Places of worship in Belarus capital
Minsk has always been a multi-religious city. At the time of the 1917 October Revolution, it was home to communities of virtually every religion known in Europe… However, the war of the Soviet authorities on religion combined with the religious policy in the independence period after 1991 changed the religious profile of Minsk.
During a 2011 survey, 3% of Minskers aged 18+ said they were atheists. 71% of Minsk residents were Orthodox Christian; 14% were Roman Catholics; 2% were Protestants. 63% Belarusians trust Belarusian Orthodox Church. In January 2014, up to 500,000 pilgrims came to see the Gift of The Wise Men on display in Minsk – more than in Moscow. At the same time, many Belarusians are not devout church-goers. A significant amount of them are likely to agree with Belarus president Alyaksandar Lukashenka who once described himself as being "an Orthodox Christian Atheist". The freedom of religion is set forth by the Constitution of Belarus, while the Law on the Freedom of Conscience and Religious Associations (1992) sets out the equality of religions. However, the 2002 amendments to the Law recognize “the defining role of the Belarusian Orthodox Church in the historical formation and development of spiritual, cultural and statehood traditions of Belarusian people”. The Belarusian Roman Catholic Church, Belarusian Evangelic Lutheran Church, Judaism and Islam were also recognized as relevant to and inseparable from Belarusian culture, history and spiritual life.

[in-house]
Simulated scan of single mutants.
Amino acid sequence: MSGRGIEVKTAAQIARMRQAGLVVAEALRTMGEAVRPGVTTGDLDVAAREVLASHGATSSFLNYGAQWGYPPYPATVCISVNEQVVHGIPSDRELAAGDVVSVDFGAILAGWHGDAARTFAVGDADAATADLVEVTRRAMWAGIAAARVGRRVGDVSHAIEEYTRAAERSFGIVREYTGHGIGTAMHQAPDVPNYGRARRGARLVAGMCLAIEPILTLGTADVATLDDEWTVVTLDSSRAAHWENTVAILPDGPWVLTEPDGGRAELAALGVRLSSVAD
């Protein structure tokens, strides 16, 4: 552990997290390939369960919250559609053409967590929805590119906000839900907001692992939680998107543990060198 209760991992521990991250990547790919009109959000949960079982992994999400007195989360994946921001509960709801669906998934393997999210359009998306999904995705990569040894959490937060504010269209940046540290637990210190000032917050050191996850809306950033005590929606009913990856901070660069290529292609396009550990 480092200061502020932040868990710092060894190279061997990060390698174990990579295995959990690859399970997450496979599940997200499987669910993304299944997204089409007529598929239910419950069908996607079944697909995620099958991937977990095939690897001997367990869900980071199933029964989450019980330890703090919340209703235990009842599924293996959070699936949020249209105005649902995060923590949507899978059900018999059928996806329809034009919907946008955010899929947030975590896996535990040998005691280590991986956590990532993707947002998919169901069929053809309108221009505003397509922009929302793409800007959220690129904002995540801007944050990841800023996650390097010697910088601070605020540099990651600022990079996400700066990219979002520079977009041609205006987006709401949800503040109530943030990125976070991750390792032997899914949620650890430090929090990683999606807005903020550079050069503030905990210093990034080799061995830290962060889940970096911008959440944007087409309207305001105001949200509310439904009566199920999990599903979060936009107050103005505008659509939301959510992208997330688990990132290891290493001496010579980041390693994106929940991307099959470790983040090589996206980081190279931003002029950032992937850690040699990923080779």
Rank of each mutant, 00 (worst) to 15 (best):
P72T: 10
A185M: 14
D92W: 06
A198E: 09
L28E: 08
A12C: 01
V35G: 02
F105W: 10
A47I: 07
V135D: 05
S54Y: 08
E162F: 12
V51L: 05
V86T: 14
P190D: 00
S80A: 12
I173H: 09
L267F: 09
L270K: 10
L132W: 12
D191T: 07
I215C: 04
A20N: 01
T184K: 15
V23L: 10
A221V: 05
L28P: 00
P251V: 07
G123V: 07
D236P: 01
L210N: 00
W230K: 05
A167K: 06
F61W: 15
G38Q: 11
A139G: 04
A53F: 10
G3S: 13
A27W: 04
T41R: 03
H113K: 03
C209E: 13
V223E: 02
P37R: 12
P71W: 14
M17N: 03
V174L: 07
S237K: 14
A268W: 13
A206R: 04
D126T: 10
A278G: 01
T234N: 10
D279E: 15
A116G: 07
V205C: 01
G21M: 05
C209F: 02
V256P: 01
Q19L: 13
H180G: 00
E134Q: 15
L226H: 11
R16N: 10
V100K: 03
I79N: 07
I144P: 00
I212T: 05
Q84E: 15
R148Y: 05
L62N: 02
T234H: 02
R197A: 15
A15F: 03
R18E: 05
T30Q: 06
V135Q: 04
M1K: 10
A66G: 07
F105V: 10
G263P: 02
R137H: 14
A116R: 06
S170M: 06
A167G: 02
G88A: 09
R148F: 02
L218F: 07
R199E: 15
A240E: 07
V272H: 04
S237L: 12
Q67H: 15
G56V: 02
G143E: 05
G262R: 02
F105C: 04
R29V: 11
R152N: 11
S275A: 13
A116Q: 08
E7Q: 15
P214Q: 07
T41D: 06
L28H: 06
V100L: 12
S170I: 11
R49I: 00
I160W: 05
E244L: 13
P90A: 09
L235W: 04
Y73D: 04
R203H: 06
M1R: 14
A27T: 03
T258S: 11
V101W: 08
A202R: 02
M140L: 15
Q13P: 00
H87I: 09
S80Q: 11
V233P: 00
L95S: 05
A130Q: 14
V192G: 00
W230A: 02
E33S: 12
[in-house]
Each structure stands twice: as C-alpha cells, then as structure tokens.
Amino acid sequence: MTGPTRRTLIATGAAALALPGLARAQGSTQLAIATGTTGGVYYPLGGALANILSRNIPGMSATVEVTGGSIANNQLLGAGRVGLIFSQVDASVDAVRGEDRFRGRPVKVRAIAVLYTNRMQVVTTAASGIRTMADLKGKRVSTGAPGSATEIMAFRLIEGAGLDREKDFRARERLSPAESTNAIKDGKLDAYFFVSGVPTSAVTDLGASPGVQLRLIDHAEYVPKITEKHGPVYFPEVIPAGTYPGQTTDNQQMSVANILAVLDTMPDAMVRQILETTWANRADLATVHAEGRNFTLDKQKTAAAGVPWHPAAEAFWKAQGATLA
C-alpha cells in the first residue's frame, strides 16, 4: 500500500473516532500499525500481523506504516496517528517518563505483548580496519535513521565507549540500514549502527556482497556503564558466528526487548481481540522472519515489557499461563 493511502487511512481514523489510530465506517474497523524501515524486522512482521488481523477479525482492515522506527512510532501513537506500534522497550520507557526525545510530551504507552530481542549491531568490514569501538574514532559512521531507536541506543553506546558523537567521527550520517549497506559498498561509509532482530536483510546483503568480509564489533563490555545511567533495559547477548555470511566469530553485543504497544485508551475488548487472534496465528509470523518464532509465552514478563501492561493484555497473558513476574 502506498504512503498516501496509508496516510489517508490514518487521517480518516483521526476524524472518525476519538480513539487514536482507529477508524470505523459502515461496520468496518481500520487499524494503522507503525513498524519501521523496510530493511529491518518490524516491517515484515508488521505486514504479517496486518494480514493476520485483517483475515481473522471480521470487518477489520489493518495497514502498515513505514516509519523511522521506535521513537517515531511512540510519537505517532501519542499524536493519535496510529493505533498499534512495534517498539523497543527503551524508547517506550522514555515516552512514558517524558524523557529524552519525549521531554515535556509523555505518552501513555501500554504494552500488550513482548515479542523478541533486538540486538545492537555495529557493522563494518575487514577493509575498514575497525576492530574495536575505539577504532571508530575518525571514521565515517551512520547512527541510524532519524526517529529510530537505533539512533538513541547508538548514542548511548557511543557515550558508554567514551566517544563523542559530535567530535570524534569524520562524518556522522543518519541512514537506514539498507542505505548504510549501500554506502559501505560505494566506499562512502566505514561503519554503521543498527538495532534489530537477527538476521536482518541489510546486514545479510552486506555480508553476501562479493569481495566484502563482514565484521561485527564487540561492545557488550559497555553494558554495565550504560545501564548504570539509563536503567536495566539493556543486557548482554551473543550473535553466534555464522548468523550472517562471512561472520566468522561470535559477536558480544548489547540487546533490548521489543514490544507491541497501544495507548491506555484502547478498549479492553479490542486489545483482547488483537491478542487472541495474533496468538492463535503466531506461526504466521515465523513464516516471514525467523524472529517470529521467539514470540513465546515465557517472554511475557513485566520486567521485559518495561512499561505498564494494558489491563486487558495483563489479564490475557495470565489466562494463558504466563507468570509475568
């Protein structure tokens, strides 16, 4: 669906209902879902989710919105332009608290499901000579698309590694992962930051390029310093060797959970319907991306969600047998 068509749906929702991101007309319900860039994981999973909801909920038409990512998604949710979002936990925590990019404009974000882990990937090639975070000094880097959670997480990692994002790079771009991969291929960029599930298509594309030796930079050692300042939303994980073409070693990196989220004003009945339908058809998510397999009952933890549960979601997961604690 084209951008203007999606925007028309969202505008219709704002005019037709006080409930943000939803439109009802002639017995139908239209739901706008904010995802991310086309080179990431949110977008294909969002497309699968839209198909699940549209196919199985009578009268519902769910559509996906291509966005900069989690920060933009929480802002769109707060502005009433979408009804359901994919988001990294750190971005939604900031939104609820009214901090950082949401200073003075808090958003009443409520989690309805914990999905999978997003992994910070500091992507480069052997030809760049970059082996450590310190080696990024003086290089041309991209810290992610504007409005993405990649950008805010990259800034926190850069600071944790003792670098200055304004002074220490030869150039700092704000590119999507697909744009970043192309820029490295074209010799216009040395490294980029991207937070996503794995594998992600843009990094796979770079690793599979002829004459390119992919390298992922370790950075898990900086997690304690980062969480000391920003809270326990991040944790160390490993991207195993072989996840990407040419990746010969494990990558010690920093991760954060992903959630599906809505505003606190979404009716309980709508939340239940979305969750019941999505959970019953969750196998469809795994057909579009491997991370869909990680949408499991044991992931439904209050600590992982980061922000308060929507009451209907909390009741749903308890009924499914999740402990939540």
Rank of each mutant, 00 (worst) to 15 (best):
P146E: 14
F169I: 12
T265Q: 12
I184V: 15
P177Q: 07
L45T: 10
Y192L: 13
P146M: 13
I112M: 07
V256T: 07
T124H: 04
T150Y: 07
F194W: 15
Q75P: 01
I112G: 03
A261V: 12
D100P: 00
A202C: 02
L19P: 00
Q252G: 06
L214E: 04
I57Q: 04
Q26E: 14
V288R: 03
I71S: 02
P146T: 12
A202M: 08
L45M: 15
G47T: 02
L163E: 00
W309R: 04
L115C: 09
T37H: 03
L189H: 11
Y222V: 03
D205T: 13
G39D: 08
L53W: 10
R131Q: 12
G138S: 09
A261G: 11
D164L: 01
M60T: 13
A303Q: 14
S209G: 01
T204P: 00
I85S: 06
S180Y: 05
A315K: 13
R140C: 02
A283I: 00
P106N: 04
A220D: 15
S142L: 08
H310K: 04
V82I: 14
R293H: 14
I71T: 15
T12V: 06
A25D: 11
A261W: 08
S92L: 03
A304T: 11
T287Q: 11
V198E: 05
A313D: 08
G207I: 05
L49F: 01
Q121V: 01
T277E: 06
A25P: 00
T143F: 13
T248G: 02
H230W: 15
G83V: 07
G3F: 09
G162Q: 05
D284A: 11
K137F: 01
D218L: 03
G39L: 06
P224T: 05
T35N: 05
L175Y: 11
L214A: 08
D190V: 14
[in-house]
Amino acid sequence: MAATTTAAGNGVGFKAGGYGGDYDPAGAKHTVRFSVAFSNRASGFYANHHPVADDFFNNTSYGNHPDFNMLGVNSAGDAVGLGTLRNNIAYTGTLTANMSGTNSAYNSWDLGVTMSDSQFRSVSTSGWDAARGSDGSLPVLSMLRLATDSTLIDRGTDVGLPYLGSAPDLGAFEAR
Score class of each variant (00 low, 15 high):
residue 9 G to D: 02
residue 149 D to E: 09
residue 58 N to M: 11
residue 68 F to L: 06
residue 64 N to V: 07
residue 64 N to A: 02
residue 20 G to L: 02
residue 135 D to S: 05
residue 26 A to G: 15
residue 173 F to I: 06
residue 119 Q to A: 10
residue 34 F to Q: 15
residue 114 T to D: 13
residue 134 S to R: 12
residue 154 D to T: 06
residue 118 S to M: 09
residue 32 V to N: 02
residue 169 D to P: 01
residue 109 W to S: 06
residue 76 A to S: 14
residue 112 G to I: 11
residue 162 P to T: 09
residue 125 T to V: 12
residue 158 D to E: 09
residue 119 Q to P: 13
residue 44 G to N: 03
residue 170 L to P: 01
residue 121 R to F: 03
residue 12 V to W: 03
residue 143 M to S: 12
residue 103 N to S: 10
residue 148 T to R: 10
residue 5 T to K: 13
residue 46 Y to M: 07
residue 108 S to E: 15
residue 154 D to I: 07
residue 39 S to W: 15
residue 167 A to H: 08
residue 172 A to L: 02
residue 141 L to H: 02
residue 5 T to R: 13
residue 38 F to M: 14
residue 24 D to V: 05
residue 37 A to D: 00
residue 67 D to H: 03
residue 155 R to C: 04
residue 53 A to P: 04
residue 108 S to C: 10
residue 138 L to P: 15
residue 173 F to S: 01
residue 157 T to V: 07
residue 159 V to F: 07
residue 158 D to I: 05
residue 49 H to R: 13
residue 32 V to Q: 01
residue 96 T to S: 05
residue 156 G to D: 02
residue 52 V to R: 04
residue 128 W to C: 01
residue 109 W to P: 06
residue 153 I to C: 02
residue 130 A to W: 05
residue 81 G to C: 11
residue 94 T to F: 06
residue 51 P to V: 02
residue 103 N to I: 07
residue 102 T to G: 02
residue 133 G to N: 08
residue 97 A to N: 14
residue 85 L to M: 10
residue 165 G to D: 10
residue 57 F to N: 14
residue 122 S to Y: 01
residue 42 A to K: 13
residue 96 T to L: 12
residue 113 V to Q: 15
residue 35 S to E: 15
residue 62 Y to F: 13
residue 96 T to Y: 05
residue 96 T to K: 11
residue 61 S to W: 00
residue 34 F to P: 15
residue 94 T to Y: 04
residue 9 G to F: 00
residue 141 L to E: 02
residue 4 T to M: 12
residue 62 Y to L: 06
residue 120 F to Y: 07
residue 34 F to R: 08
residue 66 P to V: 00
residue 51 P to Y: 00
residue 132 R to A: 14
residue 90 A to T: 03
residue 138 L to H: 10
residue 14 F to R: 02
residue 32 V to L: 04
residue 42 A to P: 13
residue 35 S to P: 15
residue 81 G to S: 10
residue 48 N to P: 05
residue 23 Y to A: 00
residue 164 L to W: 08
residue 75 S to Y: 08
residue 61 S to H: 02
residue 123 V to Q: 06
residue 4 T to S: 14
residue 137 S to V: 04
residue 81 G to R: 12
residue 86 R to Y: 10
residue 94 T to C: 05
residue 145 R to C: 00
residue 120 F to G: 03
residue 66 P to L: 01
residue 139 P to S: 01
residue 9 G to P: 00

Just like centuries ago, numerous religions and churches peacefully coexist in Minsk.
Let's take a closer look at them.